edited by Meagan Ayer et al.
Uses of Cardinals and Ordinals
135. Cardinals and Ordinals have the following uses.
a. In numbers below 100, if units precede tens, et is generally inserted.
duo et vīgintī
Otherwise, et is omitted.
b. In numbers above 100 the highest denomination generally stands first, the next second, etc., as in English. Et is either omitted entirely, or stands between the two highest denominations.
mīlle (et) septingentī sexāgintā quattuor 1764
Note— Observe the following combinations of numerals with substantives:
ūnus et vīgintī mīlitēs or vīgintī mīlitēs (et) ūnus 21 soldiers
duo mīlia quīngentī mīlitēs 2500 soldiers or
duo mīlia mīlitum et quīngentī 2500 soldiers
mīlitēs mīlle ducentī trīgintā ūnus 1231 soldiers
c. After mīlia the name of the objects enumerated is in the genitive.
duo mīlia hominum two thousand men1
cum tribus mīlibus mīlitum with three thousand soldiers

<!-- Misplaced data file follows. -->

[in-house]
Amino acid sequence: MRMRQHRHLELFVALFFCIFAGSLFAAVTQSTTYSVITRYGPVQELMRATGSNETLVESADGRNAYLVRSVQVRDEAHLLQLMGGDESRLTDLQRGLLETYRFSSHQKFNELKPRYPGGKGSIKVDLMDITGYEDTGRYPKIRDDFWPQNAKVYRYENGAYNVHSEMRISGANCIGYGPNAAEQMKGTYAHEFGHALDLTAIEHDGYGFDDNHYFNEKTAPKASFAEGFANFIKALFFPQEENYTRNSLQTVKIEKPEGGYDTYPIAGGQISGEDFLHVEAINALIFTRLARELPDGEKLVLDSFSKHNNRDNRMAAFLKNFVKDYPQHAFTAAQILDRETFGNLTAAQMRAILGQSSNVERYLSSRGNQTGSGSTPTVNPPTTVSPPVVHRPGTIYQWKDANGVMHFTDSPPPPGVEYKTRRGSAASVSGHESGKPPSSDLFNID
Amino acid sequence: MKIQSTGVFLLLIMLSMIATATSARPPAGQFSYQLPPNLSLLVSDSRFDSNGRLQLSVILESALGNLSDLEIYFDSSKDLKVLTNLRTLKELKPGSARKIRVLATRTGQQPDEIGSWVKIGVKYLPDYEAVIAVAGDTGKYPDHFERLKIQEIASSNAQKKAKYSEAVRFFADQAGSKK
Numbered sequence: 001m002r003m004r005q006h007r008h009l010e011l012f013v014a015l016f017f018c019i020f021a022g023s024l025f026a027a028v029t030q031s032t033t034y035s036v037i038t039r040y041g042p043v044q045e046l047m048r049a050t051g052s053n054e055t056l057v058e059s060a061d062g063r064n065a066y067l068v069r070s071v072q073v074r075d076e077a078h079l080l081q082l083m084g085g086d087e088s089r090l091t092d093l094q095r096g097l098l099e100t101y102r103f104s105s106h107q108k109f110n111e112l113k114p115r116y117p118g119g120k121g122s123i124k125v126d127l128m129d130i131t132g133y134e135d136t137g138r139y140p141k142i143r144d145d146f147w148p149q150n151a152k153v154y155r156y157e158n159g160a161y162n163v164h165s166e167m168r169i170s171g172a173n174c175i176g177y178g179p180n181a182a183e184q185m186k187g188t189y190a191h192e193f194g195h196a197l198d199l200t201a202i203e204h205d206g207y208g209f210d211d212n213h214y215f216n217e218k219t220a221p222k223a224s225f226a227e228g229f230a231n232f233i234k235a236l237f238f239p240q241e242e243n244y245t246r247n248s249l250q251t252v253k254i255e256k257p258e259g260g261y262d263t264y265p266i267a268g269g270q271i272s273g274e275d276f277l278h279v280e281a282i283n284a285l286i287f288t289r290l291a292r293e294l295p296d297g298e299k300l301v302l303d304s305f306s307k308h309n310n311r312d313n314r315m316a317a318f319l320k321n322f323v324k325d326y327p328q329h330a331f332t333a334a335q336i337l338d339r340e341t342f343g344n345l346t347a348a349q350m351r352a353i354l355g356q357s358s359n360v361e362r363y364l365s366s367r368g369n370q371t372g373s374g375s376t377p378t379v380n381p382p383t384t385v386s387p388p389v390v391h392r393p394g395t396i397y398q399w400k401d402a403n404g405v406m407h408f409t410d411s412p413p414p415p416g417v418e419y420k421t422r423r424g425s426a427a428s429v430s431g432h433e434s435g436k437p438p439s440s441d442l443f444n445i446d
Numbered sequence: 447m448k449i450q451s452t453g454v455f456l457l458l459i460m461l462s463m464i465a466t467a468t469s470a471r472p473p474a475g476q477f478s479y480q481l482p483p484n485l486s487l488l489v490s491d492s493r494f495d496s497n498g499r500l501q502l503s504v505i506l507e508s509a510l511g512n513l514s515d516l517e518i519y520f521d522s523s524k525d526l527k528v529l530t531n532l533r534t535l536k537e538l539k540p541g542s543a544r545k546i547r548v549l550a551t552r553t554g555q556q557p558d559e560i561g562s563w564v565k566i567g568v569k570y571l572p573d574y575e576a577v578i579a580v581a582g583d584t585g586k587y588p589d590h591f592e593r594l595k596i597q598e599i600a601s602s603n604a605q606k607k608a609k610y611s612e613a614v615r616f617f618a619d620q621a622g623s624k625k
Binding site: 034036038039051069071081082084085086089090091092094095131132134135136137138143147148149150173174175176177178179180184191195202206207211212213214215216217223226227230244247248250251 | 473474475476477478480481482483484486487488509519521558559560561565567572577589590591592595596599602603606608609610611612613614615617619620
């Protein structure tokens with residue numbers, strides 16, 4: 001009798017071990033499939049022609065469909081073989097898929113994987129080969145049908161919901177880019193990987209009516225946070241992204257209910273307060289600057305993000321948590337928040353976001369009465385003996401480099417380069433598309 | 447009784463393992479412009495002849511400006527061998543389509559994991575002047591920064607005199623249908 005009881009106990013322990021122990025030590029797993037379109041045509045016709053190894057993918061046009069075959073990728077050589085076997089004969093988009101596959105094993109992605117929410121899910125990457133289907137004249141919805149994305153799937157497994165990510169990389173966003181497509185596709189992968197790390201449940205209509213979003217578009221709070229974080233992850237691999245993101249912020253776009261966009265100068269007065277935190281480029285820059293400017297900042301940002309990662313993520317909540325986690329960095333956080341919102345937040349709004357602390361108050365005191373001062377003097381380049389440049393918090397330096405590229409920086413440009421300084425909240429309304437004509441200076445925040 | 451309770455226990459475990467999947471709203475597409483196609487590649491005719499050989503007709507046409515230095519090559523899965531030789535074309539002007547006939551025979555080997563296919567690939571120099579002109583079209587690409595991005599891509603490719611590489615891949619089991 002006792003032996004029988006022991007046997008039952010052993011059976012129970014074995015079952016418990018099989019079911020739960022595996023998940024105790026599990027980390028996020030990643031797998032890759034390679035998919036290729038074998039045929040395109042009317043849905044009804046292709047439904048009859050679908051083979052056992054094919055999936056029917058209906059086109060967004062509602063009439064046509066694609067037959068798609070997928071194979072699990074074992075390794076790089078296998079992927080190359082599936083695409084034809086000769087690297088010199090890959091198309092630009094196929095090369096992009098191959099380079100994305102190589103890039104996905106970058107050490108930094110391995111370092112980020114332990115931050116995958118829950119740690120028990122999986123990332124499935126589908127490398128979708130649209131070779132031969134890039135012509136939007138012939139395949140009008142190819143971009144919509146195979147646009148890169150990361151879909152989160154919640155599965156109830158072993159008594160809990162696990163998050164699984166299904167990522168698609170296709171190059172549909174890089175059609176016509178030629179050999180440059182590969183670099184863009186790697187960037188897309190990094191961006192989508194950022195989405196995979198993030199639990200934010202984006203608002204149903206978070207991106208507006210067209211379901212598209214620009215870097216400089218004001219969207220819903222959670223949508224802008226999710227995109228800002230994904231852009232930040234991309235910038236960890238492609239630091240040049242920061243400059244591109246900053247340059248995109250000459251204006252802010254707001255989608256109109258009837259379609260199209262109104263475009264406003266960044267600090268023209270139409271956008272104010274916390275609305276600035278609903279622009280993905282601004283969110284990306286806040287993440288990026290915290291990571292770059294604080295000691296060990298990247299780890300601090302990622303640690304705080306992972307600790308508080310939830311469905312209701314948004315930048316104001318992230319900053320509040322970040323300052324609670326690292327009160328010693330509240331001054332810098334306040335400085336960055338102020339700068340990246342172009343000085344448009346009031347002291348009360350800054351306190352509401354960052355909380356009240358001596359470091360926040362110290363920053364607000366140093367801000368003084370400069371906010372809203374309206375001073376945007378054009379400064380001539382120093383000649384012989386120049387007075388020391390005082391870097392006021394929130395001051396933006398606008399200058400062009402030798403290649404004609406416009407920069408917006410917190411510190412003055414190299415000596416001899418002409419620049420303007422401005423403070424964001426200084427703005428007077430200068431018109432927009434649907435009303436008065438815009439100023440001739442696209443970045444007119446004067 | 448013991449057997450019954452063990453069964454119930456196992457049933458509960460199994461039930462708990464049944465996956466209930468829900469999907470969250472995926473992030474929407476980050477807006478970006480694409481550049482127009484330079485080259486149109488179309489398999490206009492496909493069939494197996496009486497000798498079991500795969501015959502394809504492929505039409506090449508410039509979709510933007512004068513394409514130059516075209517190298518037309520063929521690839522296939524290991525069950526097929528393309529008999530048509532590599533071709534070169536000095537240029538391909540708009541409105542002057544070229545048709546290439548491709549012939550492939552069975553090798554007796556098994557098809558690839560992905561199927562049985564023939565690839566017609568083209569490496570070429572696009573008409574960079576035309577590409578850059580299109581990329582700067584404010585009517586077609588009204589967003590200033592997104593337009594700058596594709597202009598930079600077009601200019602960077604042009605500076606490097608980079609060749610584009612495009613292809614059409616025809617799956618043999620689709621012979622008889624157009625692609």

mīlia passuum tria three thousand paces (three miles)
d. For million, billion, trillion, etc., the Romans had no special words, but these numbers were expressed by multiplication (cf. § 138.a).
e. Fractions are expressed, as in English, by cardinals in the numerator and ordinals in the denominator. The feminine gender is used to agree with pars expressed or understood.
duae septimae (sc. partēs) two-sevenths
trēs octāvae (sc. partēs) three-eighths
One-half is rendered dīmidia pars or dīmidium.
Note 1— When the numerator is one, it is omitted and pars is expressed.
tertia pars one-third
quārta pars one-fourth
Note 2— When the denominator is one greater than the numerator, only the numerator is given.
duae partēs two-thirds
trēs partēs three-fourths, etc.
Note 3— Fractions are also expressed by special words derived from as (a pound).
triēns a third
See § 637.